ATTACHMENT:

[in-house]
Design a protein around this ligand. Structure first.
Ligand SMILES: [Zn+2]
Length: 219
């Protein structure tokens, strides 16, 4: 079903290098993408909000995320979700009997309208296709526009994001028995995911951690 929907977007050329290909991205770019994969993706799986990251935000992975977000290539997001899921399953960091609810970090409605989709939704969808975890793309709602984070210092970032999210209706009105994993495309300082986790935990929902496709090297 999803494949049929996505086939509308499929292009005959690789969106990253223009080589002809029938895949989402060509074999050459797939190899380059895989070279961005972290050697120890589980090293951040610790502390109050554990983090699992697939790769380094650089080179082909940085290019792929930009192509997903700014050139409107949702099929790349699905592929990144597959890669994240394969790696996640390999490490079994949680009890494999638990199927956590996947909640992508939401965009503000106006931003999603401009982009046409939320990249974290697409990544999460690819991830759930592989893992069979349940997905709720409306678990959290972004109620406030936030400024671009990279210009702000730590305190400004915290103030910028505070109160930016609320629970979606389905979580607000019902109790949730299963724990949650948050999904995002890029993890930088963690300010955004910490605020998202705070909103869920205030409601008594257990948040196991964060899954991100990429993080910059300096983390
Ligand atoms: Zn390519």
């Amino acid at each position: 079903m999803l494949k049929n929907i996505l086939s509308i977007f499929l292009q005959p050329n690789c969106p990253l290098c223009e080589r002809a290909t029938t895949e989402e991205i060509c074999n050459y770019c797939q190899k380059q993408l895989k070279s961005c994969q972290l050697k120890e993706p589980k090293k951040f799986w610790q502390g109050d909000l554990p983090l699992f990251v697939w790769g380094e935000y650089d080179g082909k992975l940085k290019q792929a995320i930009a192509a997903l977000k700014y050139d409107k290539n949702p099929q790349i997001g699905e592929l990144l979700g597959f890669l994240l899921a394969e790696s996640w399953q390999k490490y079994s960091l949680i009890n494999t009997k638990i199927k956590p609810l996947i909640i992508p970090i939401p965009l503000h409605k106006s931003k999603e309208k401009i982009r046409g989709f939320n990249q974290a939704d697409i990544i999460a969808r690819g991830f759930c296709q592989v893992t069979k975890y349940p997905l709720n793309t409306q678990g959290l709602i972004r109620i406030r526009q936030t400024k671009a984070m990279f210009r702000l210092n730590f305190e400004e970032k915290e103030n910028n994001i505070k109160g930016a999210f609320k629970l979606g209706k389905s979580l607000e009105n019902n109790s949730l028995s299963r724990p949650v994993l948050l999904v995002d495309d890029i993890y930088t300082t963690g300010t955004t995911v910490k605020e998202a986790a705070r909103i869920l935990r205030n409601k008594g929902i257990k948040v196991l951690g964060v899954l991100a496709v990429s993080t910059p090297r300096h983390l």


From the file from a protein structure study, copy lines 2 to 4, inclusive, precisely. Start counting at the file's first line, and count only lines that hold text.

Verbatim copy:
Design a protein around this ligand. Structure first.
Ligand SMILES: [Zn+2]
Length: 219